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Neoarchean carbonate–associated sulfate records positive Δ33S anomalies

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Science  07 Nov 2014:
Vol. 346, Issue 6210, pp. 739-741
DOI: 10.1126/science.1258211

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Dissecting ancient microbial sulfur cycling

Before the rise of oxygen, life on Earth depended on the marine sulfur cycle. The fractionation of different sulfur isotopes provides clues to which biogeochemical cycles were active long ago (see the Perspective by Ueno). Zhelezinskaia et al. found negative isotope anomalies in Archean rocks from Brazil and posit that metabolic fluxes from sulfate-reducing microorganisms influenced the global sulfur cycle, including sulfur in the atmosphere. In contrast, Paris et al. found positive isotope anomalies in Archean sediments from South Africa, implying that the marine sulfate pool was more disconnected from atmospheric sulfur. As an analog for the Archean ocean, Crowe et al. measured sulfur isotope signatures in modern Lake Matano, Indonesia, and suggest that low seawater sulfate concentrations restricted early microbial activity.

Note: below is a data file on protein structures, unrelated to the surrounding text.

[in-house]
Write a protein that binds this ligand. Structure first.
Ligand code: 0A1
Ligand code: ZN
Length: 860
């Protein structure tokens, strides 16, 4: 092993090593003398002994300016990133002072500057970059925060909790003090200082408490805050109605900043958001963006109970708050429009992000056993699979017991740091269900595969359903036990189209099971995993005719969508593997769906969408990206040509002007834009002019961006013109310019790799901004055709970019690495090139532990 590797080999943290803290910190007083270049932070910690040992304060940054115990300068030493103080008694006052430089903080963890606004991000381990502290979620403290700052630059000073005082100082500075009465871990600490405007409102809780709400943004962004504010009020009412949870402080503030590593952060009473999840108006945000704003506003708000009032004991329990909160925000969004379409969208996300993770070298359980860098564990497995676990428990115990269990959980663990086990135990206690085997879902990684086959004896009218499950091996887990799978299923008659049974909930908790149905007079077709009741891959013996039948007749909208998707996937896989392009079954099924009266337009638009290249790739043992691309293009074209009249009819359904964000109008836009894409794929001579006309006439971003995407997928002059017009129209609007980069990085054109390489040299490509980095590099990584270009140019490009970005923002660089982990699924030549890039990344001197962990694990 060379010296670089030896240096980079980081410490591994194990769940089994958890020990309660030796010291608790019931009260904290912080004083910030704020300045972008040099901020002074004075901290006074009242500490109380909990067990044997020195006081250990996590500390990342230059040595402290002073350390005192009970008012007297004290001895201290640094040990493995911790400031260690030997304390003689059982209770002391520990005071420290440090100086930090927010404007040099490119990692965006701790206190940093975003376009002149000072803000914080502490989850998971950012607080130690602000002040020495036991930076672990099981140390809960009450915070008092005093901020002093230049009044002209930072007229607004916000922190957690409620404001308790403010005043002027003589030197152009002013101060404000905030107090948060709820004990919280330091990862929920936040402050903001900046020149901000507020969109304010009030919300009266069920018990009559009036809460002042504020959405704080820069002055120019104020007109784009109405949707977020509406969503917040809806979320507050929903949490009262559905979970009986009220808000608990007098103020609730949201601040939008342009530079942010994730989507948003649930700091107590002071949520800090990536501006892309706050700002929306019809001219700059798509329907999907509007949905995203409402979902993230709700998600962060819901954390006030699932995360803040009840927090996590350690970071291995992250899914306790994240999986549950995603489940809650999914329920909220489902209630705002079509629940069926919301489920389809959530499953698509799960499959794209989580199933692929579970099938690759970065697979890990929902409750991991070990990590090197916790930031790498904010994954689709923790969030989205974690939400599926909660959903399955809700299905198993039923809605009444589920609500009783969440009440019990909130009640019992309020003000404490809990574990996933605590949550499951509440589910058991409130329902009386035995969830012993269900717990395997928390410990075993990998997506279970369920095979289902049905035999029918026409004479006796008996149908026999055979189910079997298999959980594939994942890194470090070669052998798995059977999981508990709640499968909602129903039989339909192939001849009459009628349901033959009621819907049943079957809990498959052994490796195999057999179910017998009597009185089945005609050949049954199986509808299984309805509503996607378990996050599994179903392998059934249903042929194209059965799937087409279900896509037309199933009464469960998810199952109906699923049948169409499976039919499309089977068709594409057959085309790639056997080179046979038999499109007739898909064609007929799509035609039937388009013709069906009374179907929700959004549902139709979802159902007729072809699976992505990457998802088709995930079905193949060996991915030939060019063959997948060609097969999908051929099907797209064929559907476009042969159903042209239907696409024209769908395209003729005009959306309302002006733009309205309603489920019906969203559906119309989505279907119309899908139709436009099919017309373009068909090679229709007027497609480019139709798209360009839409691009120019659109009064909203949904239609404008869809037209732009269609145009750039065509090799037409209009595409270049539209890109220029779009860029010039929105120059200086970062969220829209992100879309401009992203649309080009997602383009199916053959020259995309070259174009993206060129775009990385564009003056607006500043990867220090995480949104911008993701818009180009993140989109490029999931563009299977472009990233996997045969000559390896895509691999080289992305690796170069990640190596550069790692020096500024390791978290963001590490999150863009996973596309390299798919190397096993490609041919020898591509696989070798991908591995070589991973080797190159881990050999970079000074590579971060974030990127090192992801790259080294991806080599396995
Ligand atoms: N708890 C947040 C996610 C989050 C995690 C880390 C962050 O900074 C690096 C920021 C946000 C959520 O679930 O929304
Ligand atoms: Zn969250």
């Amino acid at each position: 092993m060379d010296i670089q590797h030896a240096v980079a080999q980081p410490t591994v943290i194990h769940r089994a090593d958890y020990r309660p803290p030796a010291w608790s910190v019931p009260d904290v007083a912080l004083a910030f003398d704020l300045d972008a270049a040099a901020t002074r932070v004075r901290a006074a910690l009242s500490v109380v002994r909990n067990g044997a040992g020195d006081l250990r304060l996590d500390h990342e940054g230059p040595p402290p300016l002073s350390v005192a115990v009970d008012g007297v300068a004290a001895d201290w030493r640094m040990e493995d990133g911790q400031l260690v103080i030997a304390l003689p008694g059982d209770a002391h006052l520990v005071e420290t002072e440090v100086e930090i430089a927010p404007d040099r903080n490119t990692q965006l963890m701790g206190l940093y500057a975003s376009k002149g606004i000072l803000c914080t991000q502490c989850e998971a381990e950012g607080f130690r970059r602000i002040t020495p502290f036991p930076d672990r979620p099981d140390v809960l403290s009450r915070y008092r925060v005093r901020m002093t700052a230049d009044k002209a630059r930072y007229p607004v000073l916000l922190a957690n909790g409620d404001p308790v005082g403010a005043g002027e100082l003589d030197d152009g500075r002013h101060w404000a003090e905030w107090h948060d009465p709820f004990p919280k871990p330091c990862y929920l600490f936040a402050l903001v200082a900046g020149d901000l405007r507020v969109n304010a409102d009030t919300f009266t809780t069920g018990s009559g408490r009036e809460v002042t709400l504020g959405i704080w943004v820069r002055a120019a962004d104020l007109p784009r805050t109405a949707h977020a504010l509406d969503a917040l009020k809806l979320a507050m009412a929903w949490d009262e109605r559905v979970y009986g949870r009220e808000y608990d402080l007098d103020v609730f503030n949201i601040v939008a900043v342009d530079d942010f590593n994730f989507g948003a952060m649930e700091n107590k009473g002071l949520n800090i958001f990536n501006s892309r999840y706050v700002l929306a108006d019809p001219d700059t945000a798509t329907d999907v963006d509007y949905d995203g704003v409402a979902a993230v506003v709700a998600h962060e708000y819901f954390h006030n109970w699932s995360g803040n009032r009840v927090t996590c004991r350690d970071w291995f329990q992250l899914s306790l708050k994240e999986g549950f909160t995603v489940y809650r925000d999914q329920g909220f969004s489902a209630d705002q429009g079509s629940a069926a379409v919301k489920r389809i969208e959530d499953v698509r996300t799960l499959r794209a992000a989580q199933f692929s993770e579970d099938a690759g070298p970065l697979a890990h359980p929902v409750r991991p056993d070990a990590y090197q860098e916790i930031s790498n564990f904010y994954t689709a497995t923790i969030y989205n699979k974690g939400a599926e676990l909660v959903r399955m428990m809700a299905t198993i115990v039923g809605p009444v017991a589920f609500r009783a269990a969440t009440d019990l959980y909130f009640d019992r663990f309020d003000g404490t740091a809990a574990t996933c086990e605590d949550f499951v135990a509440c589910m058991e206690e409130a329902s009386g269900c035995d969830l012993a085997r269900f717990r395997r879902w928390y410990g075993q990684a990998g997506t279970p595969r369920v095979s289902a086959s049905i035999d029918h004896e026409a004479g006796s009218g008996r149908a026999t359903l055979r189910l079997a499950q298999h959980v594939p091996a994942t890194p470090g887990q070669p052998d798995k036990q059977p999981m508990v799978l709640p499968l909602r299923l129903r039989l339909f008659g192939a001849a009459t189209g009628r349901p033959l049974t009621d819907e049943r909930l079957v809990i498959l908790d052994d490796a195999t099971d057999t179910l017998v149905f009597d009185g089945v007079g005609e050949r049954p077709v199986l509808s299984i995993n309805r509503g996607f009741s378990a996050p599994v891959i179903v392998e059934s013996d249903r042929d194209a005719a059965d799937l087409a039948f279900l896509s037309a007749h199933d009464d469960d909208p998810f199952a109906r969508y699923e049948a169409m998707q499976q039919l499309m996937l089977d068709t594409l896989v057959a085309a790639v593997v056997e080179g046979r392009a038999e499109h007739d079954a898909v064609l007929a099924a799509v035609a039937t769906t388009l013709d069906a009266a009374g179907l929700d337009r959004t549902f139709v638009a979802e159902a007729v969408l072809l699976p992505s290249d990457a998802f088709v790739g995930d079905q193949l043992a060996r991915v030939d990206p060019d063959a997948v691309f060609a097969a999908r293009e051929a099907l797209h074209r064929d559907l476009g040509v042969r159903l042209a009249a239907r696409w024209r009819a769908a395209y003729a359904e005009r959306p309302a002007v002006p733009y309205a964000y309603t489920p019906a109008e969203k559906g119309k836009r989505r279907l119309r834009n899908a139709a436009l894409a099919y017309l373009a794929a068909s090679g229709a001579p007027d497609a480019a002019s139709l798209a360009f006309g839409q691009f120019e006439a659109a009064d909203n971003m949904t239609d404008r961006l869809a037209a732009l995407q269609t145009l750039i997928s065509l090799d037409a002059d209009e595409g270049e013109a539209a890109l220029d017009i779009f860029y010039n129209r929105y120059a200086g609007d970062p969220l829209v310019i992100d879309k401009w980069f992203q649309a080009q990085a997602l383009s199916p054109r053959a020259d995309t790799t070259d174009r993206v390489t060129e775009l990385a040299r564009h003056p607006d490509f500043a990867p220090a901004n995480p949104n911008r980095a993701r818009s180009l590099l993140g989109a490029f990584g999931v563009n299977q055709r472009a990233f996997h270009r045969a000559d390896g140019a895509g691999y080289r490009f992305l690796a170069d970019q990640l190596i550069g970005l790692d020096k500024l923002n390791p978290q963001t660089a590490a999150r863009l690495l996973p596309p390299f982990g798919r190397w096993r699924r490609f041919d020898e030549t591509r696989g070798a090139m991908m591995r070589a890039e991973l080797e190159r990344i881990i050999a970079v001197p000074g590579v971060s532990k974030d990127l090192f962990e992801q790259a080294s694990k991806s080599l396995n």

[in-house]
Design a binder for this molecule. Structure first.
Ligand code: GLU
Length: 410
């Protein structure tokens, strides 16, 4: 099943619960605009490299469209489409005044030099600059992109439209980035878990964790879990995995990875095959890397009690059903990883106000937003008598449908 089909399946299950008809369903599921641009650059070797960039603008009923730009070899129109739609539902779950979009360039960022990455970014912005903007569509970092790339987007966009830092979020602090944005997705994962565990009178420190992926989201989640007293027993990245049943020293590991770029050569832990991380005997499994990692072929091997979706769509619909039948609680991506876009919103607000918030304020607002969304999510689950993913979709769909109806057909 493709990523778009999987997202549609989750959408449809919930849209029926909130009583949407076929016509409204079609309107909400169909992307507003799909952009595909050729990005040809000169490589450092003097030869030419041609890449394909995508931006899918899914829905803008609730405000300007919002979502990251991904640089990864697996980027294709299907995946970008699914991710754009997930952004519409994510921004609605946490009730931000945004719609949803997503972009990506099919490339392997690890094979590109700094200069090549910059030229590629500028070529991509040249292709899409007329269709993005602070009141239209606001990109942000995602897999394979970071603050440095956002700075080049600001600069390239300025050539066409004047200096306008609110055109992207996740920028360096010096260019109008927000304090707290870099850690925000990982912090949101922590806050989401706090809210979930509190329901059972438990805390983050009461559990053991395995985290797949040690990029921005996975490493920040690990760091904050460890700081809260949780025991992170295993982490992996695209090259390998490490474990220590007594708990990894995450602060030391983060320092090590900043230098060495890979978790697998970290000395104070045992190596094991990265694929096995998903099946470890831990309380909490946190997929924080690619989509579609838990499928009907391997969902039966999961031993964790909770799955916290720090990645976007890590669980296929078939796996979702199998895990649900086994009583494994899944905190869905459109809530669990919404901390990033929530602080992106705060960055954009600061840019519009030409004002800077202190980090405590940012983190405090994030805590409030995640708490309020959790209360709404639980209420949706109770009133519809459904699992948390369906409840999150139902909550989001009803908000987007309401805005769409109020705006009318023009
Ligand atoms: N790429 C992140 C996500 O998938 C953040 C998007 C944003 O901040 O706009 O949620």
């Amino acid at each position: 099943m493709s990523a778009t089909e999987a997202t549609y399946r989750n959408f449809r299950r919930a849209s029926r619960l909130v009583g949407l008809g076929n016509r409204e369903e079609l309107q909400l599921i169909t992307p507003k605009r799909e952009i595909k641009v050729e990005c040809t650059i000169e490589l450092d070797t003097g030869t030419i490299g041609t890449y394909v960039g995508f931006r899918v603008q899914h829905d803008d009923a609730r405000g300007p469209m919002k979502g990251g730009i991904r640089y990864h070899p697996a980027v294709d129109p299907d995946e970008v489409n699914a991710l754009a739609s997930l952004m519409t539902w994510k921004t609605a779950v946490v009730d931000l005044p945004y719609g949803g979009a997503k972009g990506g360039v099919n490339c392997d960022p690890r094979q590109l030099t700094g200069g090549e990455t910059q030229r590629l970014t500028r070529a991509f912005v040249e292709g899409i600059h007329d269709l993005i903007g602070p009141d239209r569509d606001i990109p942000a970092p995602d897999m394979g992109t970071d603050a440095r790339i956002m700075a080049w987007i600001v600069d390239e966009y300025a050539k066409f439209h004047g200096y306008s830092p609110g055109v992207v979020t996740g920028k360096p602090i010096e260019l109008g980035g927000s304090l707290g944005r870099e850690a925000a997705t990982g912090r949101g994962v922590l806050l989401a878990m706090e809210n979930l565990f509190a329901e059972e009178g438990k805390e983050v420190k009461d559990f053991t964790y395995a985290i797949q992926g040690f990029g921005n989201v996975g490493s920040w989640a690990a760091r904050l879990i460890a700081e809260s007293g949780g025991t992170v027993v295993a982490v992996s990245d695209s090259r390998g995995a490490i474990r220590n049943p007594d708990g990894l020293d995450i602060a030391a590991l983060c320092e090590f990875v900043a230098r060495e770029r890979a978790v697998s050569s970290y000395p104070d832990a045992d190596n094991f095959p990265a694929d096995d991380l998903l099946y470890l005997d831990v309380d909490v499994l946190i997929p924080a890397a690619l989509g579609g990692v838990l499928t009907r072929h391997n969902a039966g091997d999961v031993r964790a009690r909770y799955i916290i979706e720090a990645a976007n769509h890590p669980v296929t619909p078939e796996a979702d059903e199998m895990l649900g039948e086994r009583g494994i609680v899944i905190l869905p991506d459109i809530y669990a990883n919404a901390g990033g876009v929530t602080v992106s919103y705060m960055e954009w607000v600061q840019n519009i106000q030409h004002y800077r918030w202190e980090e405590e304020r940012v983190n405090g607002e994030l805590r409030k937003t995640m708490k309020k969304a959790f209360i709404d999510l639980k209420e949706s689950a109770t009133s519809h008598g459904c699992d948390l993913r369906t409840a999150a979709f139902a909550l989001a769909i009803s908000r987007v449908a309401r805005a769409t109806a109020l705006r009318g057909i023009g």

Science, this issue p. 703, p. 742, p. 739; see also p. 735

Abstract

Mass-independent fractionation of sulfur isotopes (reported as Δ33S) recorded in Archean sedimentary rocks helps to constrain the composition of Earth’s early atmosphere and the timing of the rise of oxygen ~2.4 billion years ago. Although current hypotheses predict uniformly negative Δ33S for Archean seawater sulfate, this remains untested through the vast majority of Archean time. We applied x-ray absorption spectroscopy to investigate the low sulfate content of particularly well-preserved Neoarchean carbonates and mass spectrometry to measure their Δ33S signatures. We report unexpected, large, widespread positive Δ33S values from stratigraphic sections capturing over 70 million years and diverse depositional environments. Combined with the pyrite record, these results show that sulfate does not carry the expected negative Δ33S from sulfur mass-independent fractionation in the Neoarchean atmosphere.

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